But knee-capping the government to keep it from doing its job running the ACA is exactly what conservatives on the Roberts Court intend to do. They announced as much two years ago in National Federation of Independent Business (NFIB) v. Sebelius, when the Court narrowly upheld the individual mandate of the ACA while simultaneously blocking the law’s incentive for states to expand Medicaid. In the decision, Justice John Roberts, writing for the majority, said:

We do not consider whether the Act embodies sound policies. That judgment is entrusted to the Nation’s elected leaders. We ask only whether Congress has the power under the Constitution to enact the challenged provisions.

This statement, announcing both the constitutionality of the law and the conservative justices’ political opposition to it, laid the groundwork for what would become the right’s next front in the health-care wars: the courts. And with that decision, the conservative majority on the Roberts Court empowered Republicans to go back and try to achieve through litigation what they had been unable to do through legislation—roll back, if not repeal, the ACA. Fast forward hundreds of lawsuits later, plus the Hobby Lobby decision, and the Court’s order in Wheaton College almost seems inevitable.

That feeling of inevitability is the crisis in confidence Justice Sotomayor warns of in her dissent. And it couldn’t come at a worse time. In addition to the fight over the birth control benefit, the federal courts are considering a host of other challenges to the power of the federal government to administer the health-care law. Halbig v. Burwell, pending in the D.C. Circuit Court of Appeals, argues that the federal health-care exchanges are illegal because Congress only authorized states—and not the federal government—to set up and run them. The case was initially written off by many legal observers as an exercise in politics and formalism, but after a conservative federal court was sympathetic to the claims, it now seems like a more legitimate threat to the law. Should those challenging the power of the government to run the exchanges be successful, individuals who live in states where conservative governors and state legislators refused to set up state-run exchanges and expand Medicaid—political decisions made possible by the Roberts Court—would no longer qualify for subsidies to help them purchase insurance under the ACA. A decision in Halbig v. Burwell is expected any day now.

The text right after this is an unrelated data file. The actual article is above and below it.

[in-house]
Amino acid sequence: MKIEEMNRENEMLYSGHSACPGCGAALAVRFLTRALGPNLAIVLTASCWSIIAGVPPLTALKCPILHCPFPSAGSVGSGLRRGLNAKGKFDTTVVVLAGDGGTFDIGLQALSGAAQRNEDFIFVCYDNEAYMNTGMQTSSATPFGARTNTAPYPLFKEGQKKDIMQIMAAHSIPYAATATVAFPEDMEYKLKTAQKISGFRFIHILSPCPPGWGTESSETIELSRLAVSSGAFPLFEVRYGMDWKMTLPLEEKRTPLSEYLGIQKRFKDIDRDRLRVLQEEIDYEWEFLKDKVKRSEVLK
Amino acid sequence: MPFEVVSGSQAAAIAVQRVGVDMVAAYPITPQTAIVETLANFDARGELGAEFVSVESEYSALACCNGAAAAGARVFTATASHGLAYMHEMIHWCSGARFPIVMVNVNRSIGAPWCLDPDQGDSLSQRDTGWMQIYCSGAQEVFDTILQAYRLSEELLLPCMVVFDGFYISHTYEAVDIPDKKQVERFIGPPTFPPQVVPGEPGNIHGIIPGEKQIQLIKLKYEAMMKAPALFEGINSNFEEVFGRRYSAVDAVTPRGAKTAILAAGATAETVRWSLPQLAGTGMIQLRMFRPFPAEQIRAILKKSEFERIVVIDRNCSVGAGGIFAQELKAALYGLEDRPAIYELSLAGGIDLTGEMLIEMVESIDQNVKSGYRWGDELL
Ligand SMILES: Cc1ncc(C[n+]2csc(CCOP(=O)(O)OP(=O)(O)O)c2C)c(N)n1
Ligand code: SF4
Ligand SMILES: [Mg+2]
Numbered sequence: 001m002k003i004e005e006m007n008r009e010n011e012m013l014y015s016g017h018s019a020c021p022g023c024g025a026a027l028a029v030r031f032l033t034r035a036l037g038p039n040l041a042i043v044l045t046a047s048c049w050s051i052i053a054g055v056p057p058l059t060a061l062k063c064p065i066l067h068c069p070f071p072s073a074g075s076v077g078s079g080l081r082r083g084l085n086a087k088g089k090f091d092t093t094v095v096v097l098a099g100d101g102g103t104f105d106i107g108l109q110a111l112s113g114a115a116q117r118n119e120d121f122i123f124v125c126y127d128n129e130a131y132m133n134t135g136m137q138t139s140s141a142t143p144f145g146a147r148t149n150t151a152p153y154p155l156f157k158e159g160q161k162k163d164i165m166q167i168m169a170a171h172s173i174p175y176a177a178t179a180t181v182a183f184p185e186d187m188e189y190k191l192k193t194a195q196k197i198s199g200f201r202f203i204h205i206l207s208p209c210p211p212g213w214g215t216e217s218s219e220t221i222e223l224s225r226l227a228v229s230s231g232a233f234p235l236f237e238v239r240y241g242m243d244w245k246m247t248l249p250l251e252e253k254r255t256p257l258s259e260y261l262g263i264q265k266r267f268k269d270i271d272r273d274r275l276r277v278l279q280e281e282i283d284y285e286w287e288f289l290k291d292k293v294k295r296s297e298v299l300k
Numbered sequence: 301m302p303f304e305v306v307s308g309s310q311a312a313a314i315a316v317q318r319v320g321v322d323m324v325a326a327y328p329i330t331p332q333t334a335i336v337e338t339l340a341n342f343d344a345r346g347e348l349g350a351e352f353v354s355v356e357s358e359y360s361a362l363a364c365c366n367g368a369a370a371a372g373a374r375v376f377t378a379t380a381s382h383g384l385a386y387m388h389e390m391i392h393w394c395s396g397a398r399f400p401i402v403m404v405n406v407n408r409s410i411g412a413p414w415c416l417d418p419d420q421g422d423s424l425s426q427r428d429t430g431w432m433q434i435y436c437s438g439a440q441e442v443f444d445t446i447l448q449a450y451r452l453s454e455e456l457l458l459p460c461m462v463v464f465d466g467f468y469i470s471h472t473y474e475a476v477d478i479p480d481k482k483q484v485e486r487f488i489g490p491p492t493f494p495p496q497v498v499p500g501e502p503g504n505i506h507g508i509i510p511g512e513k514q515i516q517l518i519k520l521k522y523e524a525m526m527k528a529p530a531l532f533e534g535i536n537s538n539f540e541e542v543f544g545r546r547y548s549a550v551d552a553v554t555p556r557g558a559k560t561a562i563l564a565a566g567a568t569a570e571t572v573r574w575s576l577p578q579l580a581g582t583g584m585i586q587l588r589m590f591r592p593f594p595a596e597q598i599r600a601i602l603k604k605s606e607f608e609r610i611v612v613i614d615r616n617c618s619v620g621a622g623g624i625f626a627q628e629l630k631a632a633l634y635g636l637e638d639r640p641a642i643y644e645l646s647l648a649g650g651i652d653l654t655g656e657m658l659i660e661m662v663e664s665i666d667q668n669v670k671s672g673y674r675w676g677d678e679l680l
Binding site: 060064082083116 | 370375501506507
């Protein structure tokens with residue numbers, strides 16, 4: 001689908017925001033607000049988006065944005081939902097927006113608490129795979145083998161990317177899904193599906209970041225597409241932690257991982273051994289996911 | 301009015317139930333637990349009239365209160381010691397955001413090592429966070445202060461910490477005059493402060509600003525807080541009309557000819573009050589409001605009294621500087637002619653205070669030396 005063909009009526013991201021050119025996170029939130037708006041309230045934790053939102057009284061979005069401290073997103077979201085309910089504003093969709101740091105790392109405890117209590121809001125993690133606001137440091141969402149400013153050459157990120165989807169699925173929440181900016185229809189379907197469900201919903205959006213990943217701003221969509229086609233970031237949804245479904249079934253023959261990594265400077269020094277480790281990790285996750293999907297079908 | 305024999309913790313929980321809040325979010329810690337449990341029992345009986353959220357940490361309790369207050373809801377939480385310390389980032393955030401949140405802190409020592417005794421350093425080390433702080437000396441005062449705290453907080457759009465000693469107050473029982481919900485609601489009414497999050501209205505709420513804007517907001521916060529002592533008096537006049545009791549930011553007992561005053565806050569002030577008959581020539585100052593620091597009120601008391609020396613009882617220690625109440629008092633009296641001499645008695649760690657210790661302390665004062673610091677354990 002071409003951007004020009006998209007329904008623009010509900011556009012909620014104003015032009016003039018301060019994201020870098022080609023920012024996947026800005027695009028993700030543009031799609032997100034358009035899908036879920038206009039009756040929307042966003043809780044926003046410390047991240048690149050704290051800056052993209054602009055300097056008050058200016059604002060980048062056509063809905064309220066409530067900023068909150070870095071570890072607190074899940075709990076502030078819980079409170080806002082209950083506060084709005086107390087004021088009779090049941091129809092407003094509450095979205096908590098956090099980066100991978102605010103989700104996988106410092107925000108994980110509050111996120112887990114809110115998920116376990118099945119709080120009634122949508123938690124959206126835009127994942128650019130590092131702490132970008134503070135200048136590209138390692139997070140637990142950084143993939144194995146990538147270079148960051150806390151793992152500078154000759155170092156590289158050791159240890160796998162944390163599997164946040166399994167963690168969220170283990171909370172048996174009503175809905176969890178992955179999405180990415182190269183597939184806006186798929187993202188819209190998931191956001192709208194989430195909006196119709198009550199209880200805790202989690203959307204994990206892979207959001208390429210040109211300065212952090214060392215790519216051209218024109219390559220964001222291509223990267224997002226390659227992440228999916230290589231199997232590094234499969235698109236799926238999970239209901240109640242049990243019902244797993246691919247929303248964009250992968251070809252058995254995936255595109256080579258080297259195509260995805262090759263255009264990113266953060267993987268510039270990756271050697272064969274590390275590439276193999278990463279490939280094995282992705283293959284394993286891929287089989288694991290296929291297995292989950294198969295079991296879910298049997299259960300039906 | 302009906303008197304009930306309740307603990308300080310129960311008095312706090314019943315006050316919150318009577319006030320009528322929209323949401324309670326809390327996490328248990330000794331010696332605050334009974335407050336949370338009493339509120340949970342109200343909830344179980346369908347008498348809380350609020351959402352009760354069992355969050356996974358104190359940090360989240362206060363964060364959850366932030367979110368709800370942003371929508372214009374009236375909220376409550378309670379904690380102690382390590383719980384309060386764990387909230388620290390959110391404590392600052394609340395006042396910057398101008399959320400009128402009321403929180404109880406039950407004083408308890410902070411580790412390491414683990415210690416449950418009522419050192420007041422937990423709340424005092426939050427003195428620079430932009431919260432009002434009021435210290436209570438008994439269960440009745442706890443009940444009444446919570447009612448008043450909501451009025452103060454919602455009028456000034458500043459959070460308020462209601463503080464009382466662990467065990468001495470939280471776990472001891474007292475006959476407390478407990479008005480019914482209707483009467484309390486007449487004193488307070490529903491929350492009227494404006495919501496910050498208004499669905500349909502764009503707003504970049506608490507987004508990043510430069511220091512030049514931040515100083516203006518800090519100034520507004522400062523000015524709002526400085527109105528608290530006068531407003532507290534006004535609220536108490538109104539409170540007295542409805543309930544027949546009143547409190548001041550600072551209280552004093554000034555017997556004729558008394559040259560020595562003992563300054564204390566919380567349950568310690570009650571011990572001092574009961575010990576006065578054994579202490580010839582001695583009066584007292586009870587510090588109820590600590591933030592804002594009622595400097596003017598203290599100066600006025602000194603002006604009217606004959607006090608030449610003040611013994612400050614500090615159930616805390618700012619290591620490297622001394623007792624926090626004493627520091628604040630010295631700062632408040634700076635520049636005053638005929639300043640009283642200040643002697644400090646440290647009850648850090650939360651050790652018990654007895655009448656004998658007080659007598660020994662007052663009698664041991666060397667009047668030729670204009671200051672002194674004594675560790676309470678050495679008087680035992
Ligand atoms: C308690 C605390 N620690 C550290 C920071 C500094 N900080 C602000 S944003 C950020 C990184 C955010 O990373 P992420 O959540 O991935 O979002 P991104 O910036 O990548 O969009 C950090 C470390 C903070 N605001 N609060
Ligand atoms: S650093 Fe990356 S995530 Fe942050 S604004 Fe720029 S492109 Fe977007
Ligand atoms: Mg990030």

Thursday’s decision in Wheaton College shows the Roberts Court and its radical incrementalism first displayed in NFIB v. Sebelius in full, partisan effect. It’s important to note that the merits of Wheaton College’s claims are still being litigated in the lower courts, meaning that the Supreme Court took an extraordinary step in granting the injunction when it did. This was a case it didn’t need to get involved in, but it did so anyway. Compare that to earlier in the year, when the Court refused to intervene in the challenge to Texas’ admitting privileges requirement, despite the fact that as a result hundreds of miles of the state would become a reproductive health-care desert.

Since the Court first upheld the individual mandate and effectively blocked Medicaid expansion under the ACA, it has granted for-profit, closely held corporations an opt-out of at least one of the law’s coverage requirements under a theory that has already proven to be more expansive than the conservative majority first promised. There’s also an open legal question as to the ability of the federal government to administer exchanges in states that have refused to do so on their own.

And that’s not even all the challenges to the law out there. The U.S. Court of Appeals for the Fifth Circuit is considering a challenge to the employer mandate, while another federal appeals court is considering a challenge to the constitutionality of the board that sets Medicare reimbursement rates. No one case alone will bring down health-care reform, but if the Court’s action in Wheaton College is any indication, taken together they just might.